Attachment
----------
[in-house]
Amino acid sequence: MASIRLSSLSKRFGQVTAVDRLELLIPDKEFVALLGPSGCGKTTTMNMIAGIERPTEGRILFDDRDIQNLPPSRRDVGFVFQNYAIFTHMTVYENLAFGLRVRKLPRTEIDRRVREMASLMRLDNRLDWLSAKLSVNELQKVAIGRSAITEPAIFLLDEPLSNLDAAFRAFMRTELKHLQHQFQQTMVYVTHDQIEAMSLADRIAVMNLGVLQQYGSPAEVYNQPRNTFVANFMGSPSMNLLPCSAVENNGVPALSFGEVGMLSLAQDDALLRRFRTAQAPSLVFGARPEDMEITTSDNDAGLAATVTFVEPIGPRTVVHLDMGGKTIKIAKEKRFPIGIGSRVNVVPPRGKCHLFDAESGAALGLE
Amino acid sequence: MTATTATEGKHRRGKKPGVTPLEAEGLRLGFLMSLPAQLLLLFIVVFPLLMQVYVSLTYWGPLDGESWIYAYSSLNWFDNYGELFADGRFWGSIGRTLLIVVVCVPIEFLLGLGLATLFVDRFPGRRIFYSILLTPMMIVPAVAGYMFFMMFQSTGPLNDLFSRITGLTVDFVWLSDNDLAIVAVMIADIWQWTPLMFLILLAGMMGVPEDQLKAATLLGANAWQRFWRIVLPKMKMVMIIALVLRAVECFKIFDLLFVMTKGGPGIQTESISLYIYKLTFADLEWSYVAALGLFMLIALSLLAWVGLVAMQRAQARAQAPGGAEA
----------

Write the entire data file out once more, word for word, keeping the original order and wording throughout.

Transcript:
[in-house]
Amino acid sequence: MASIRLSSLSKRFGQVTAVDRLELLIPDKEFVALLGPSGCGKTTTMNMIAGIERPTEGRILFDDRDIQNLPPSRRDVGFVFQNYAIFTHMTVYENLAFGLRVRKLPRTEIDRRVREMASLMRLDNRLDWLSAKLSVNELQKVAIGRSAITEPAIFLLDEPLSNLDAAFRAFMRTELKHLQHQFQQTMVYVTHDQIEAMSLADRIAVMNLGVLQQYGSPAEVYNQPRNTFVANFMGSPSMNLLPCSAVENNGVPALSFGEVGMLSLAQDDALLRRFRTAQAPSLVFGARPEDMEITTSDNDAGLAATVTFVEPIGPRTVVHLDMGGKTIKIAKEKRFPIGIGSRVNVVPPRGKCHLFDAESGAALGLE
Amino acid sequence: MTATTATEGKHRRGKKPGVTPLEAEGLRLGFLMSLPAQLLLLFIVVFPLLMQVYVSLTYWGPLDGESWIYAYSSLNWFDNYGELFADGRFWGSIGRTLLIVVVCVPIEFLLGLGLATLFVDRFPGRRIFYSILLTPMMIVPAVAGYMFFMMFQSTGPLNDLFSRITGLTVDFVWLSDNDLAIVAVMIADIWQWTPLMFLILLAGMMGVPEDQLKAATLLGANAWQRFWRIVLPKMKMVMIIALVLRAVECFKIFDLLFVMTKGGPGIQTESISLYIYKLTFADLEWSYVAALGLFMLIALSLLAWVGLVAMQRAQARAQAPGGAEA